The Democratic Republic of Congo, or DRC, has had a long history of political turmoil. Since the inception of the territory, the Congo has been occupied by several countries including Great Britain, Portugal, the Netherlands, and Belgium. It wasn’t until 1960 that there seemed to be a light at the end of the tunnel for the DRC when it declared independence from Belgium and elected Patrice Lumumba as Prime Minister and Joseph Kasavubu as President. Unfortunately, the Congo has remained unstable since then due to various coups, wars, and economic volatility.
Political tensions have been on the rise again as the current president Joseph Kabila has made moves towards revising the Constitution with a proposal that would allow him to stay in power beyond the two consecutive term currently allowed. Politicians, religious leaders, activists, and students are rising up to protest this proposed change.
The Third Term
President Joseph Kabila was elected in January 2001, and re-elected for his second term in in 2011. During his tenure, he has faced ongoing wars in eastern Congo as well as internal rebel forces supported by neighboring Uganda and Rwanda, making his efforts to extend his presidency that much more sensitive. Many are worried not only about the wars that will continue, but the implications that a “president” can make such changes to the constitution that undermine the very nature of the laws.
With more than 6 million Congolese lives lost due to the combination of war, malnutrition and disease, many are looking to the 2016 election as an opportunity for change. Those who oppose the extension feel that Kabila offers only an extension of the suffering and death that they have faced, and the people of the DRC are beginning to take action.
From political and religious leaders, to activist and students, the tension between the people and the government is rising. Critics accuse Kabila of being power hungry, and purposefully postponing the elections to prevent a change in government. They point to the President’s efforts to pass a law mandating a nationwide census ahead of the election and actions against the electoral commission. 40 protesters were killed while protesting against the census and those who dare to oppose the leader are also report being intimidated, threatened with jail time, and other deterrent efforts to silence the opposition.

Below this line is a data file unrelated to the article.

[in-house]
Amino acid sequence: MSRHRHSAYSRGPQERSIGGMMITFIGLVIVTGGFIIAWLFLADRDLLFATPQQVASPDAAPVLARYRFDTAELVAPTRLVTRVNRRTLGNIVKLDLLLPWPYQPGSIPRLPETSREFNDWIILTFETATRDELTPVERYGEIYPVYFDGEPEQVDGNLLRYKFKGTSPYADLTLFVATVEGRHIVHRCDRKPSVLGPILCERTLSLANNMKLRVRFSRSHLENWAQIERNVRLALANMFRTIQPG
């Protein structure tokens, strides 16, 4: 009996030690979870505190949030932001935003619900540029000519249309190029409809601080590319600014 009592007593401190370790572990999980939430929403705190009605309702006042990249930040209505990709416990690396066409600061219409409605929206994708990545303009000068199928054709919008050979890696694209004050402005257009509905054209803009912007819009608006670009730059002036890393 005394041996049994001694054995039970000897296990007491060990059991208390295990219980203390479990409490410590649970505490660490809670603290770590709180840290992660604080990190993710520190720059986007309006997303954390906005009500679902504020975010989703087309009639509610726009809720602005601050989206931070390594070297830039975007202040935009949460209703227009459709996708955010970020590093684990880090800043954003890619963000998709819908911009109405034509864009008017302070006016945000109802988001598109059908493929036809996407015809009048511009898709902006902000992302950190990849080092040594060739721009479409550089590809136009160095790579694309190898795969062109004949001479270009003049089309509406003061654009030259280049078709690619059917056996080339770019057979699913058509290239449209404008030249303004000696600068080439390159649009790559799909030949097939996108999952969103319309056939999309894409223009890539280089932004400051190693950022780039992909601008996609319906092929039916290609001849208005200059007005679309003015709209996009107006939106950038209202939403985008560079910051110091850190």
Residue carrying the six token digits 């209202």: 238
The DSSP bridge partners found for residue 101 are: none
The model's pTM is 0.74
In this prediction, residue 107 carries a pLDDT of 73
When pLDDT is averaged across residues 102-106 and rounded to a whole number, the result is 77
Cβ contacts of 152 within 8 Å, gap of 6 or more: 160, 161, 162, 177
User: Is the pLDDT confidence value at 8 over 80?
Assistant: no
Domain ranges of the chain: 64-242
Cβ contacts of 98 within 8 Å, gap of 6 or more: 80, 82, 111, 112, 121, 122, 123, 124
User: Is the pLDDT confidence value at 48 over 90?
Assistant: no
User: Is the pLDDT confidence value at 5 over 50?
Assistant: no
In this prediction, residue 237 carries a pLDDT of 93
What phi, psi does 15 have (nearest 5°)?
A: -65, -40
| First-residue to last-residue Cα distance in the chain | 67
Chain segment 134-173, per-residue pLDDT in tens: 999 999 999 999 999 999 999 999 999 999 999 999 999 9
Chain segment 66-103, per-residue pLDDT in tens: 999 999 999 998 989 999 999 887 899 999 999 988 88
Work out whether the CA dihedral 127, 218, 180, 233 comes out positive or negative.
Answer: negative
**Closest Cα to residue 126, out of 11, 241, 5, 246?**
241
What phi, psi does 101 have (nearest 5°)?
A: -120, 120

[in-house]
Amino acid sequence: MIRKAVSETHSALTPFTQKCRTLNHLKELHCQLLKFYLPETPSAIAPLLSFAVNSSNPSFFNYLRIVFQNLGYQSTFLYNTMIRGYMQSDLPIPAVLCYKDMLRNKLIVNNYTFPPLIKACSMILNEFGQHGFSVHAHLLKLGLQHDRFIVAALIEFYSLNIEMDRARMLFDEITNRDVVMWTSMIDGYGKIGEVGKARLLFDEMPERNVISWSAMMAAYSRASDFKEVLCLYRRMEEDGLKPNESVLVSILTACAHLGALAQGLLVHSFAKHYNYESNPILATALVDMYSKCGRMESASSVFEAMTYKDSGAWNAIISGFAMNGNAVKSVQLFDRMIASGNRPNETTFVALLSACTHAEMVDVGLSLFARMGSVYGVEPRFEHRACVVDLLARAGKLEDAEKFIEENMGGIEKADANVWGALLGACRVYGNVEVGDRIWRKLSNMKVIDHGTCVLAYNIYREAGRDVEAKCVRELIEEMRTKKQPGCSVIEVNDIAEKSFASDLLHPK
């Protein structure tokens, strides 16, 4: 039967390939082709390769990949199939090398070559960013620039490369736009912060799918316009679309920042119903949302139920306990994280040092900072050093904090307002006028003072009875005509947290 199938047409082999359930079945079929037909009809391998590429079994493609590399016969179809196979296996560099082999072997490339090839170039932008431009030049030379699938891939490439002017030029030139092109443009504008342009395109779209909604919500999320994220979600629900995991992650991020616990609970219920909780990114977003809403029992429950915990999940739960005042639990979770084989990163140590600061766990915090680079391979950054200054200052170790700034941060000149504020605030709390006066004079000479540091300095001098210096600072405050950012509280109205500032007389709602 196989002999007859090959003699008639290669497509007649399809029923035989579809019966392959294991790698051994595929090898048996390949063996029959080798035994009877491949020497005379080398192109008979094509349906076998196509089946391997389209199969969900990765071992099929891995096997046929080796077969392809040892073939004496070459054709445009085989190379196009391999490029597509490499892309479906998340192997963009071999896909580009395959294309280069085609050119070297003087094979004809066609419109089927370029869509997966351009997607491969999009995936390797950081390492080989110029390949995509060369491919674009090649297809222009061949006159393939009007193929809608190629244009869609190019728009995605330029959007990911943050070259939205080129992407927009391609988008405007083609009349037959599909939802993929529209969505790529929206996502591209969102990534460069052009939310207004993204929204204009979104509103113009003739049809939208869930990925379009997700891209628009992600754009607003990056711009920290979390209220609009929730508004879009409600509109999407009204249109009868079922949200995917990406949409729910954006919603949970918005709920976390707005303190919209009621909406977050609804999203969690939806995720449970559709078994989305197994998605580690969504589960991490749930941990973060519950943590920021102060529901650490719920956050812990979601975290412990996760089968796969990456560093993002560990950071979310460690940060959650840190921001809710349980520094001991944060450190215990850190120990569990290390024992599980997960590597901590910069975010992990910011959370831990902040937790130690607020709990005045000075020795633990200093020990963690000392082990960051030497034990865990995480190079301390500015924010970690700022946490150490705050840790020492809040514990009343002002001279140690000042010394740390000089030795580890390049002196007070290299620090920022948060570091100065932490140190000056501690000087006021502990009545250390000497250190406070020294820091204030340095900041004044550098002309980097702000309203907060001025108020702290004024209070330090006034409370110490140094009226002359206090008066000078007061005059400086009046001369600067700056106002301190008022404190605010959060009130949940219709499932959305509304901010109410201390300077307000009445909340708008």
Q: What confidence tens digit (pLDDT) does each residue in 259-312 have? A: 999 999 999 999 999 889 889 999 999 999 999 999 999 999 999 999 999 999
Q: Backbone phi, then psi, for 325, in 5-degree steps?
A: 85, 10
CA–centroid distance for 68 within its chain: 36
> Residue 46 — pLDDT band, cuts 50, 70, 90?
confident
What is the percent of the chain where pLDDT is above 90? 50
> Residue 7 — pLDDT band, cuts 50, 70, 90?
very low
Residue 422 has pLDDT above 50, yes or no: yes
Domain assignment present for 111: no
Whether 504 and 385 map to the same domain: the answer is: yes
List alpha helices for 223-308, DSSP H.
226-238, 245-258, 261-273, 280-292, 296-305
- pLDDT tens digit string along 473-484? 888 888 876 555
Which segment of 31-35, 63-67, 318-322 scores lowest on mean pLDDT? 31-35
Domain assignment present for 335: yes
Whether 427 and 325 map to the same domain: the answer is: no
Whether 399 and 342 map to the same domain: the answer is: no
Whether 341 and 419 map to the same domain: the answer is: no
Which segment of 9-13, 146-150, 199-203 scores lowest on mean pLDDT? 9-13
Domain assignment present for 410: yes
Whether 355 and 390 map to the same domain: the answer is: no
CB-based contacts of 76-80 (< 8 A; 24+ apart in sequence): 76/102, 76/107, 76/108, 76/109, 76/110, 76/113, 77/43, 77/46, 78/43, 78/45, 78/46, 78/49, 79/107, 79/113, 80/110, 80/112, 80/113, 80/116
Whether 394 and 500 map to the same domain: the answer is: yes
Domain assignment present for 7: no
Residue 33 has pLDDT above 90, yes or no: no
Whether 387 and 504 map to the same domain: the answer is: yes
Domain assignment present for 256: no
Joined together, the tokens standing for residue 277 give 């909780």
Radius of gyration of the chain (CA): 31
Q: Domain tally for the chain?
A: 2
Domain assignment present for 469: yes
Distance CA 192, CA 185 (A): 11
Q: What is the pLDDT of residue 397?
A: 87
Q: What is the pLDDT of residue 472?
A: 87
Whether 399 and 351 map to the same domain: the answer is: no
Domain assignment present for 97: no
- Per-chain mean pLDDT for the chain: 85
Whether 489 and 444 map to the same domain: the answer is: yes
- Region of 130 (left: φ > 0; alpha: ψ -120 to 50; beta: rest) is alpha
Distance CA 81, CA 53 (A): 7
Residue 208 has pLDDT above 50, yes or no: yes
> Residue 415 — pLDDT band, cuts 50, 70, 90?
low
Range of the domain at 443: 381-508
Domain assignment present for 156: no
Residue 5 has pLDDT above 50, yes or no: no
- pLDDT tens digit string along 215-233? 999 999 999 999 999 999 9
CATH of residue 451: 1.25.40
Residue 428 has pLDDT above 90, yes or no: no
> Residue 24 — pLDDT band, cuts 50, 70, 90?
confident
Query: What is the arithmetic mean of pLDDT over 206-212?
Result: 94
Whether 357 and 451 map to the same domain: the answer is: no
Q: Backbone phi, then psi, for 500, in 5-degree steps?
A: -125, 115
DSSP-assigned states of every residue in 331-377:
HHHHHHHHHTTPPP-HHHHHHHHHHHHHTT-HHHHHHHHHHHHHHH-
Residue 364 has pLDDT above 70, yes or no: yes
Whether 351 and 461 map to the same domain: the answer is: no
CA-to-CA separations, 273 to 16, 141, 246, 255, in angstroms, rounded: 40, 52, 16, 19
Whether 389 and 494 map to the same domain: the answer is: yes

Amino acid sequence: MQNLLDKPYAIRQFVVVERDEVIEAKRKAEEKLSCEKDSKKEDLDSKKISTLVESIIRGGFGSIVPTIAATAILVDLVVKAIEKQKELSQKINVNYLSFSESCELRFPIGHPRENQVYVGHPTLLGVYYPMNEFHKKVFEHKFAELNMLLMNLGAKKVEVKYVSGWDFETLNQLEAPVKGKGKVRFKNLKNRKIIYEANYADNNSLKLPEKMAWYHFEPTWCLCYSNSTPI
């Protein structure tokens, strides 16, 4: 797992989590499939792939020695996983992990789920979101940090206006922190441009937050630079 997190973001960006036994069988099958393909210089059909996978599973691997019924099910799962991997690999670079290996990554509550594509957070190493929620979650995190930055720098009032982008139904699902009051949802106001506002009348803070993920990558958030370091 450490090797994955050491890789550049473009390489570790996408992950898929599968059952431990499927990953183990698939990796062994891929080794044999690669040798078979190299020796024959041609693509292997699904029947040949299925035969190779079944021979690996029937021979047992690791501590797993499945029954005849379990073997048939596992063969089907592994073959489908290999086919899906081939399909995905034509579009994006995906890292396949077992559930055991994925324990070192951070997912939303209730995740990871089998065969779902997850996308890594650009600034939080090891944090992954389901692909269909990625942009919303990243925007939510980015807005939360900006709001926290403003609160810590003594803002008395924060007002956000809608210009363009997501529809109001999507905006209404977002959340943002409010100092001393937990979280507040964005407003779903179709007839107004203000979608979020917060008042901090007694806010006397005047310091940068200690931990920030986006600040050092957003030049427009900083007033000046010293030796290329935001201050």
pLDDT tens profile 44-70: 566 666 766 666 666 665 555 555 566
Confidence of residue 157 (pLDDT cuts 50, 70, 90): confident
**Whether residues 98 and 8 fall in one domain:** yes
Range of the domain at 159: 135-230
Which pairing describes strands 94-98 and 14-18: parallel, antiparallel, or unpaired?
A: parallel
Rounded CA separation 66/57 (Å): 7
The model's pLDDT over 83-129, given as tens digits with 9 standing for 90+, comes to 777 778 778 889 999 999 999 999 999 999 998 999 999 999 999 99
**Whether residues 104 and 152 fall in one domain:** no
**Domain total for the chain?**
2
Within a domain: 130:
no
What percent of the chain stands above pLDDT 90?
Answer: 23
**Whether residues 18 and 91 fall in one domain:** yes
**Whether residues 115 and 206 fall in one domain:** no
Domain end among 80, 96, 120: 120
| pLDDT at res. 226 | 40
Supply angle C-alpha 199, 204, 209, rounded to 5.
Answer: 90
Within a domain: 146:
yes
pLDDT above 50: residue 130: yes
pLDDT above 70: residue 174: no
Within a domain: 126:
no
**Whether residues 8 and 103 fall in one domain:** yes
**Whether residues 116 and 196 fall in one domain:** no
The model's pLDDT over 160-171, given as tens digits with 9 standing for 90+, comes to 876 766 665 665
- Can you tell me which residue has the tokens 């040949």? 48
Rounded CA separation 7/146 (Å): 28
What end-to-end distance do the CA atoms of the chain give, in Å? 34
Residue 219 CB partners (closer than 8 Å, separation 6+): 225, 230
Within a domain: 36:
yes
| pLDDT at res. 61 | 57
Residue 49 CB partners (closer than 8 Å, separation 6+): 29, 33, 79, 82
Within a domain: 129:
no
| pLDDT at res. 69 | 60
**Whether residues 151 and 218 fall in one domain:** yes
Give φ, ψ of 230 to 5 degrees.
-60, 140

Jonas Tshiombela, a resident of Kinshasa and leader of the NGO Nouvelle Societe Civile Congolaise (New Congolese Civil Society) states, “My life is now restricted. I am no longer free to live my life as in the past. I can no longer hang out in bars or public spaces. I am reduced to going to work.” Tshiombela is worried about his personal safety and livelihood as he continues to oppose President Kabila, so much so as he tells DW, “Every time I move across the city, I have to inform a group of close friends, who must be aware of where I am, with whom and what I am doing.”
Tshiombela is not the only person to disagree with the extended presidency, and as more students, activists and leaders step forward to announce their stance and disapproval, many are wondering how far the President will go to silence and circumvent the opposition. In fact, the United Nations Joint Human Rights Office in DRC has already reported over 400 cases of rights violation since the beginning of 2016, ranging from arrests, threats and other offenses exceeding the number of violations during the January protests of 2015.
As the 2016 elections continue to play out, the world will be watching the DRC and the impact that this election process has on the stability of the region.